Downtown Toronto restaurant celebrates 45 years on Queen Street West

The Queen Mother Cafe, located on 208 Queen St. W., opened its doors on Oct. 26, 1978. It celebrated 45 years on Thursday. (CBC - image credit)
The Queen Mother Cafe, located on 208 Queen St. W., opened its doors on Oct. 26, 1978. It celebrated 45 years on Thursday. (CBC - image credit)

A downtown Toronto restaurant that is a fixture on Queen Street West celebrated 45 years on Thursday.

The Queen Mother Cafe, 208 Queen St. W. near University Avenue, opened its doors on Oct. 26, 1978.

When it opened, the restaurant had only 18 seats and mostly served sandwiches and salads. Now, after expanding twice, the restaurant has about 80 seats inside and about 40 seats outside on its back garden patio. Its menu grew to include a range of dishes, including Southeast Asian fare.

In celebration of its latest milestone, new and old partners of the restaurant planned to celebrate with a dinner there Thursday evening.

Andre Rosenbaum, one of three founding partners, told CBC Toronto that the restaurant has been successful because of its location but also because it has changed as the city has grown. Most importantly, though, it has always been a meeting place.

"We evolved," he said. "We always just saw ourselves as a place to come together."

Queen Mother Cafe 2
Queen Mother Cafe 2

Bartender Sadir Sadiriah serves customers at the bar at the Queen Mother Cafe. (CBC)

Originally, however, the Queen Mother Cafe was a small space that stayed open late.

"You could stand in the middle of the kitchen, on a swivel, scoop out a bowl of soup, turn around and pass it through the pass-through. There's was no room for anything," he said.

"It was kind of a different era, a hippie dippie day, and it was boho chic."

Rosenbaum said a lot of artists used to go to the restaurant. The founding partners lived in the neighbourhood, and commercial rent was affordable in the 1970s, with no condo towers nearby.

"We took our inspiration from places we had been to in Europe, cafes and things like that, where people would meet up, hang out and then go their separate ways."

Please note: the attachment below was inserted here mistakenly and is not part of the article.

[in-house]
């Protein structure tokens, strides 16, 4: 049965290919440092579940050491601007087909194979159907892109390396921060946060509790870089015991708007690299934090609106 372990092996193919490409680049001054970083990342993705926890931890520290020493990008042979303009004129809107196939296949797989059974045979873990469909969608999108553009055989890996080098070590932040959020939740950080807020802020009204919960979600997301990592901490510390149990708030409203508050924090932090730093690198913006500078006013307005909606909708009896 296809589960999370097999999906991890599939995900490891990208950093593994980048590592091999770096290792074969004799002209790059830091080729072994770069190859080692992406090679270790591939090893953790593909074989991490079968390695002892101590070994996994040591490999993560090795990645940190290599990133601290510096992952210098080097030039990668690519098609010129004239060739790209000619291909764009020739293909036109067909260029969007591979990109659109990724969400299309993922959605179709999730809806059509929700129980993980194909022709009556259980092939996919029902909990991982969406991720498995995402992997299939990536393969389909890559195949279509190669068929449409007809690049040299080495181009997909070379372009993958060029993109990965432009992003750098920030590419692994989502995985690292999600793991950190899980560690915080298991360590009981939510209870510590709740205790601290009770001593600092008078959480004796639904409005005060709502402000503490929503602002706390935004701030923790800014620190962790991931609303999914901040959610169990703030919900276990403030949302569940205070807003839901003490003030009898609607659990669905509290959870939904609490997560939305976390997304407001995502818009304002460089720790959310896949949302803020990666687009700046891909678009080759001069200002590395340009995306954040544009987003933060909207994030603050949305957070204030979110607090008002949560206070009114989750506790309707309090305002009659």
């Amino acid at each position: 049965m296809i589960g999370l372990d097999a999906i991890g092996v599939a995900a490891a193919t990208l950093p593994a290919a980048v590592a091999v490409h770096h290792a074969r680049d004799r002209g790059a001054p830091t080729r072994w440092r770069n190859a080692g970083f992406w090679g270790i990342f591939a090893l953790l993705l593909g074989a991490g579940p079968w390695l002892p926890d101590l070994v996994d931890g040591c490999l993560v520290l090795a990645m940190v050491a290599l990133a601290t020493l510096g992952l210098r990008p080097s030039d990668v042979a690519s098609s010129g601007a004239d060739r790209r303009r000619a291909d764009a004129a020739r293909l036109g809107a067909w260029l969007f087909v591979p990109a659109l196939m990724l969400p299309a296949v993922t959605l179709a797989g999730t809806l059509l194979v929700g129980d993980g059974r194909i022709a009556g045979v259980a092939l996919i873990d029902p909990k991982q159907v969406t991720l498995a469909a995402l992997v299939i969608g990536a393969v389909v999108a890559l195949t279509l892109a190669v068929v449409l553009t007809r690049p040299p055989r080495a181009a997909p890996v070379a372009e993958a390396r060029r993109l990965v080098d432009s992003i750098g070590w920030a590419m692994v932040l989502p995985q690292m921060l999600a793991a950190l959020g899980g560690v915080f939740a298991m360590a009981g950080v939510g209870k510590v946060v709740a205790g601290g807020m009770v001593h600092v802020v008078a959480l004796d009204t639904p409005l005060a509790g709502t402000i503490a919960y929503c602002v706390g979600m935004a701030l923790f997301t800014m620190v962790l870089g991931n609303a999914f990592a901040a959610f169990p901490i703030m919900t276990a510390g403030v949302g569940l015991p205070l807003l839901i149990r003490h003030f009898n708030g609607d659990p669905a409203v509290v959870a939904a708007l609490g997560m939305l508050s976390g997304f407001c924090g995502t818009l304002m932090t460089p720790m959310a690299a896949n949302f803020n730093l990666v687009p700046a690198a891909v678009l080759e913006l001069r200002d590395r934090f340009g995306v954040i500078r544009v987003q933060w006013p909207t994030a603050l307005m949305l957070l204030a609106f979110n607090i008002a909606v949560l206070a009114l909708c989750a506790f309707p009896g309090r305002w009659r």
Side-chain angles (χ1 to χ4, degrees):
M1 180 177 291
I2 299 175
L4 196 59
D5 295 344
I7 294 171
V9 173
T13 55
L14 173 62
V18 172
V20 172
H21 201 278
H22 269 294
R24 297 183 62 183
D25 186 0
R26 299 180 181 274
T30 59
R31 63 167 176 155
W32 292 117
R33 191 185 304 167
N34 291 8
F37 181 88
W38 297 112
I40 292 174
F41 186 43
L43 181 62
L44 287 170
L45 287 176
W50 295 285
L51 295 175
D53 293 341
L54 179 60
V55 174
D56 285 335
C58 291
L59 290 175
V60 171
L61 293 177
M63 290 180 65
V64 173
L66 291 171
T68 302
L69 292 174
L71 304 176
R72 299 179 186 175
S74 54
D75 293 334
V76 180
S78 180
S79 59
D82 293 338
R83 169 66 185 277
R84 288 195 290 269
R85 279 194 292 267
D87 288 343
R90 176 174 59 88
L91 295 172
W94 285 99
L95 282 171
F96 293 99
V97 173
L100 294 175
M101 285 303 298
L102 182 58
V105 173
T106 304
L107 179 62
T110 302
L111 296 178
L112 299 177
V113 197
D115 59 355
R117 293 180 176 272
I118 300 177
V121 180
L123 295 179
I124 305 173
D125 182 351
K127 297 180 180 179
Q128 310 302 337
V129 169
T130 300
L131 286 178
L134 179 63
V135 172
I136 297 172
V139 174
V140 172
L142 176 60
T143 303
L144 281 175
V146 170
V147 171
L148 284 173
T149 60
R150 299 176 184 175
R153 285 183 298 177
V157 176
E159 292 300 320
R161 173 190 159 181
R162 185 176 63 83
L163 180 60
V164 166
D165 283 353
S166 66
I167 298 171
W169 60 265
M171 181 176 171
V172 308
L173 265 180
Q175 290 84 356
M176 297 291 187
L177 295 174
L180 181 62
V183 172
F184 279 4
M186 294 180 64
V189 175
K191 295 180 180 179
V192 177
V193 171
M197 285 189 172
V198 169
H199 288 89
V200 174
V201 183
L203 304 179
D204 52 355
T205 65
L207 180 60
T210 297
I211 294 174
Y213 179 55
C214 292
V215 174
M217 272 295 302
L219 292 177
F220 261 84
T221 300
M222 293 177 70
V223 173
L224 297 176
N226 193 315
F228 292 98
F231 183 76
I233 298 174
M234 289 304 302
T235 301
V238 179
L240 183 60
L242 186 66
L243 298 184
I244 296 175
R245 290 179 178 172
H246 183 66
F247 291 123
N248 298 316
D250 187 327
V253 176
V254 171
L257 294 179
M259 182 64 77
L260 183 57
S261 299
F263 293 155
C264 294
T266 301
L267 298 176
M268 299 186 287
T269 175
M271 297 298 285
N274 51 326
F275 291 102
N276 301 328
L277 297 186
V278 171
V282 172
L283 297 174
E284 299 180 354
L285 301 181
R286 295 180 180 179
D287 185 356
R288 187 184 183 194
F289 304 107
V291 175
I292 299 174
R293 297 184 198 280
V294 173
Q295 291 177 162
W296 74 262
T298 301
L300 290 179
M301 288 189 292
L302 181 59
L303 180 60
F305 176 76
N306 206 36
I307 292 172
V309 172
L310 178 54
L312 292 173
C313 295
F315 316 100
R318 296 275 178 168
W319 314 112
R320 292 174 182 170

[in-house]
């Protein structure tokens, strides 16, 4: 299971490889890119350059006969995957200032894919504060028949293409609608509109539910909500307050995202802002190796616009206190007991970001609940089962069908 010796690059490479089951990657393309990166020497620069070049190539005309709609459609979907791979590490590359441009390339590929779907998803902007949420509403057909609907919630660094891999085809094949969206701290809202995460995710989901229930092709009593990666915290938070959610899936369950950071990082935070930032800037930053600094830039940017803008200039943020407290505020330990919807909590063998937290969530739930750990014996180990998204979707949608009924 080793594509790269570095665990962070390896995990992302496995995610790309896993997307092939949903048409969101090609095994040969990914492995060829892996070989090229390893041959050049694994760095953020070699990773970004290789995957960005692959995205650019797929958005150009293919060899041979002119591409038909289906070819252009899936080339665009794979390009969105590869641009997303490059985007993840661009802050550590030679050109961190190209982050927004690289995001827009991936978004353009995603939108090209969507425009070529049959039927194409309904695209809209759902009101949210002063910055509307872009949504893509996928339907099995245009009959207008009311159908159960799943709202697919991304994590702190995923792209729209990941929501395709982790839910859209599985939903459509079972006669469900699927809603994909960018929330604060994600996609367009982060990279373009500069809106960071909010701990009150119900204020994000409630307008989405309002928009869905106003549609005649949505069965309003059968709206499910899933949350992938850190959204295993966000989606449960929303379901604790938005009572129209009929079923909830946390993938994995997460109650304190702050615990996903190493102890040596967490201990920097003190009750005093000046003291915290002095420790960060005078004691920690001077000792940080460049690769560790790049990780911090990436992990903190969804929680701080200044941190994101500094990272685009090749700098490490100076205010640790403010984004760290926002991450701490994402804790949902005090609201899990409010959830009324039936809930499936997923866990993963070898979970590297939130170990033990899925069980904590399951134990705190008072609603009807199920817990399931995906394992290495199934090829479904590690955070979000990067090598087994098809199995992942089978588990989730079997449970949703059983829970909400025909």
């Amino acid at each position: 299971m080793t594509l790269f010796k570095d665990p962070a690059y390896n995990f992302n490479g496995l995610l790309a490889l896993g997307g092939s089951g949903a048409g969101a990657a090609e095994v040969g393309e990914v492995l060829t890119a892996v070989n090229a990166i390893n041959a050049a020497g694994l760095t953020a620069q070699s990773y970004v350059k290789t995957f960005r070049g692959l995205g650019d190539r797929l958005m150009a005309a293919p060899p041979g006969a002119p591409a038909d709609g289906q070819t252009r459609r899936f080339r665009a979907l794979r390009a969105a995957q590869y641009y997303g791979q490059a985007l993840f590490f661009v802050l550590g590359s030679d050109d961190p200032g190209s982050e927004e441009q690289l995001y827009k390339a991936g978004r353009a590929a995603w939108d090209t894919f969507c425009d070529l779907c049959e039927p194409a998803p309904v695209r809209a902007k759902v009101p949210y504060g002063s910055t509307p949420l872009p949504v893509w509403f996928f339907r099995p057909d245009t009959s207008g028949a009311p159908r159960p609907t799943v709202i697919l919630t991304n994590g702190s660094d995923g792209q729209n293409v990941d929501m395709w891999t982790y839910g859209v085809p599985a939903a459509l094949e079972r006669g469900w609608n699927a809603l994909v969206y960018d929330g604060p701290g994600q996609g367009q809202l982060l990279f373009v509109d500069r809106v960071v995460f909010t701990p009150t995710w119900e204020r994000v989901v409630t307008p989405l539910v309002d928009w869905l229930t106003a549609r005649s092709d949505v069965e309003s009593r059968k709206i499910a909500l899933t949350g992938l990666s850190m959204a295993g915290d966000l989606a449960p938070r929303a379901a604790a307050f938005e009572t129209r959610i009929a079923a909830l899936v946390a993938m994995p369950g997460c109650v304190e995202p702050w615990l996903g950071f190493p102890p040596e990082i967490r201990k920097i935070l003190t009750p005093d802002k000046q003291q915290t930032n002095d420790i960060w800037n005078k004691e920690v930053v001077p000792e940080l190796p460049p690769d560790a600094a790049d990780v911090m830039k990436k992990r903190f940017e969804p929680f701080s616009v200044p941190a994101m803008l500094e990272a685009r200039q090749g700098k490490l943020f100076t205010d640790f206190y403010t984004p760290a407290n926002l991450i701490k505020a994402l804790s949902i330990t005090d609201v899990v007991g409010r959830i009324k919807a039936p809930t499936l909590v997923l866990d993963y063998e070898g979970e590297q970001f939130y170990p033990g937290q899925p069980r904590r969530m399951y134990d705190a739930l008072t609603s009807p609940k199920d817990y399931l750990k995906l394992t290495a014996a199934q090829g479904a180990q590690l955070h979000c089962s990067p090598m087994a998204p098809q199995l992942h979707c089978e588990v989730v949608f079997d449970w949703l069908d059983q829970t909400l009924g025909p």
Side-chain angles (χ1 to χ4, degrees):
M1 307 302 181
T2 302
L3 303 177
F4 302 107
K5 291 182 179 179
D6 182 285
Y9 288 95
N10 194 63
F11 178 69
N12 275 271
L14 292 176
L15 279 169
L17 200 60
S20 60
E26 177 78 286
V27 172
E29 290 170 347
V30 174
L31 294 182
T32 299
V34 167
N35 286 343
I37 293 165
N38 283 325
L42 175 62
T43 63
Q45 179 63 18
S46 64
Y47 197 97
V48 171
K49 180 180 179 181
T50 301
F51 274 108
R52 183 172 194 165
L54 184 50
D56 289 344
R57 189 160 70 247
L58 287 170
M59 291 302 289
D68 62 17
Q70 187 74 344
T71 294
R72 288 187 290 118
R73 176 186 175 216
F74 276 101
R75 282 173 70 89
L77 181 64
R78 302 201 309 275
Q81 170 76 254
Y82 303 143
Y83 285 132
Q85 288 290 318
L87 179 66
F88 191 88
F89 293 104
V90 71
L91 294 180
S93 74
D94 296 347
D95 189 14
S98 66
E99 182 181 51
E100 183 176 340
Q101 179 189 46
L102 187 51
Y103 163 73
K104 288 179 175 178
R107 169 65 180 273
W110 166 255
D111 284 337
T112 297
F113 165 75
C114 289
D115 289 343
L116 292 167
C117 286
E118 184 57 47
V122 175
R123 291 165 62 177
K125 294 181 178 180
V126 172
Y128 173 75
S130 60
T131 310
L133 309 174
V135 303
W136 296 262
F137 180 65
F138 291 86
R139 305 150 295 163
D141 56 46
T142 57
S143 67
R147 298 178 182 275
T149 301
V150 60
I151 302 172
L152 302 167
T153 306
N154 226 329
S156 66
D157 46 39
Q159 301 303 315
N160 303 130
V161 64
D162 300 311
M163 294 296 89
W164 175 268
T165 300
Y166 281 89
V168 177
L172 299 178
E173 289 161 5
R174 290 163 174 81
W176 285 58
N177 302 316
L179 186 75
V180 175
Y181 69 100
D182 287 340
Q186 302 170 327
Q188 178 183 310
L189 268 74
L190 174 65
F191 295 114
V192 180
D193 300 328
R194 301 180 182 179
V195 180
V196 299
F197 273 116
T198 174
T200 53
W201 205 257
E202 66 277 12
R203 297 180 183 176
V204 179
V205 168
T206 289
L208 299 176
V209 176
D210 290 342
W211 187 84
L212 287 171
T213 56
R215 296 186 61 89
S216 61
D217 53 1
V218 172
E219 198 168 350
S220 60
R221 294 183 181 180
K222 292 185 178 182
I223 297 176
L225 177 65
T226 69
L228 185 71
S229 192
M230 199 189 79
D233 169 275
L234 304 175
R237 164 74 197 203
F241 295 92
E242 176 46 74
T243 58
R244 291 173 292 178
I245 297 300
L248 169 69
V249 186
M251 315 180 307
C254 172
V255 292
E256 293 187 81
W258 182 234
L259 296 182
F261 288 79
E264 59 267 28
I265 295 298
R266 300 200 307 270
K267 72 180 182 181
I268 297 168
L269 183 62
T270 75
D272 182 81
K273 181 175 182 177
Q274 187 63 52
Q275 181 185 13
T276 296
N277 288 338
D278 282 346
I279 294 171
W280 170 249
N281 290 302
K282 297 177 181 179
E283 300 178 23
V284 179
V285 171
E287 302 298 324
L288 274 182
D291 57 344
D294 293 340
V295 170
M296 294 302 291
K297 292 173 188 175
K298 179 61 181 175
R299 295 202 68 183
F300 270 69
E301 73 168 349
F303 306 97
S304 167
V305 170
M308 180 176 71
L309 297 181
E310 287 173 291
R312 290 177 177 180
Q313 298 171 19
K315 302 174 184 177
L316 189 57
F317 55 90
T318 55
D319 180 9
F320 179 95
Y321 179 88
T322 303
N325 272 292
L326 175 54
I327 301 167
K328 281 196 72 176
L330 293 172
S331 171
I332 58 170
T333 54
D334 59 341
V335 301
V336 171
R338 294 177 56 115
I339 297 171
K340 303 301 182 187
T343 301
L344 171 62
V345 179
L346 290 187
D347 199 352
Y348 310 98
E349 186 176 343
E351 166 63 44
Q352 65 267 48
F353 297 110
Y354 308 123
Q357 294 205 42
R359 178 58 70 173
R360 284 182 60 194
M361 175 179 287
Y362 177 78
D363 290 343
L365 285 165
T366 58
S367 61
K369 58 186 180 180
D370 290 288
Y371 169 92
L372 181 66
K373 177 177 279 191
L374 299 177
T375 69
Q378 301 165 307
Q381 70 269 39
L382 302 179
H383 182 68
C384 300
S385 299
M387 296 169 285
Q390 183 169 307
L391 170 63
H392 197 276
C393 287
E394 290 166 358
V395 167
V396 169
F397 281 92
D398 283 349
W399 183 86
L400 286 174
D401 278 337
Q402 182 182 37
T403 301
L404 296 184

Rosenbaum said the menu of the Queen Mother Cafe changed over the years to reflect the diversity of its staff, Toronto and changing tastes in the city. Now, its menu has Thai, Sri Lankan and Laotian influences.

Rosenbaum said other establishments in the area, the Rex Hotel, the Horseshoe Tavern, the Black Bull and the Cameron House, have also endured. He said he believes it helps that they all are near the Four Seasons Centre for the Performing Arts, the Royal Alexandra Theatre, Osgoode Hall and the courts.

Queen Mother Cafe takes its name from a print of the mother of Queen Elizabeth II that still hangs on the wall. Rosenbaum said the name is a play on words — its partners wanted the restaurant to be the "Mother of Queen West."

'It's special,' says long-time patron

Patrons say they are regulars because of the food, service and atmosphere.

Susannah Joyce, a resident of London, Ont., said she read a review of the restaurant in the Globe and Mail shortly after the restaurant opened and came with a friend. Over the years, she said she has brought countless friends there.

Joyce said if there was only one restaurant that she and her friends could go to in Toronto, it would be the Queen Mother Cafe.

"It's special," Joyce said.

"I really like the ambience of the place," she said. "It's all really good food."

Jeff Rutherford and Angie Power, patrons for about 15 years, said they like the food and have become friends with servers over the years. They said it's like a small town place in the heart of the big city.

"The food's really good but I think it's probably the service," Rutherford said.

Added Power: "They've got a bit of a community."